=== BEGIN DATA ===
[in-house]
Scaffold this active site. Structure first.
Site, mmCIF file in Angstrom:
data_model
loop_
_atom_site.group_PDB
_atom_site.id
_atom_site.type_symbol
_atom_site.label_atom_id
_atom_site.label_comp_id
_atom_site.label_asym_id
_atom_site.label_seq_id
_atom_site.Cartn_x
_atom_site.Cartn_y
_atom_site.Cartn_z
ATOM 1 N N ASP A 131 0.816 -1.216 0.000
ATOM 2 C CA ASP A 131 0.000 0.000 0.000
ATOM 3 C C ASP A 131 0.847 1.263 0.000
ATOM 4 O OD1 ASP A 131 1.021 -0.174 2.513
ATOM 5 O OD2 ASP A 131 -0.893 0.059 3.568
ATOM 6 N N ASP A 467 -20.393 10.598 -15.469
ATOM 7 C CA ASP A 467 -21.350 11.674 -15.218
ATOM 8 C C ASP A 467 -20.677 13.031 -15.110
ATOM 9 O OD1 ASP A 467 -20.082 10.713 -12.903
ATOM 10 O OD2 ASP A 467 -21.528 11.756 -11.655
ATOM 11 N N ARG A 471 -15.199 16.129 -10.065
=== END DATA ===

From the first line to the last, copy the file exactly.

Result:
[in-house]
Scaffold this active site. Structure first.
Site, mmCIF file in Angstrom:
data_model
loop_
_atom_site.group_PDB
_atom_site.id
_atom_site.type_symbol
_atom_site.label_atom_id
_atom_site.label_comp_id
_atom_site.label_asym_id
_atom_site.label_seq_id
_atom_site.Cartn_x
_atom_site.Cartn_y
_atom_site.Cartn_z
ATOM 1 N N ASP A 131 0.816 -1.216 0.000
ATOM 2 C CA ASP A 131 0.000 0.000 0.000
ATOM 3 C C ASP A 131 0.847 1.263 0.000
ATOM 4 O OD1 ASP A 131 1.021 -0.174 2.513
ATOM 5 O OD2 ASP A 131 -0.893 0.059 3.568
ATOM 6 N N ASP A 467 -20.393 10.598 -15.469
ATOM 7 C CA ASP A 467 -21.350 11.674 -15.218
ATOM 8 C C ASP A 467 -20.677 13.031 -15.110
ATOM 9 O OD1 ASP A 467 -20.082 10.713 -12.903
ATOM 10 O OD2 ASP A 467 -21.528 11.756 -11.655
ATOM 11 N N ARG A 471 -15.199 16.129 -10.065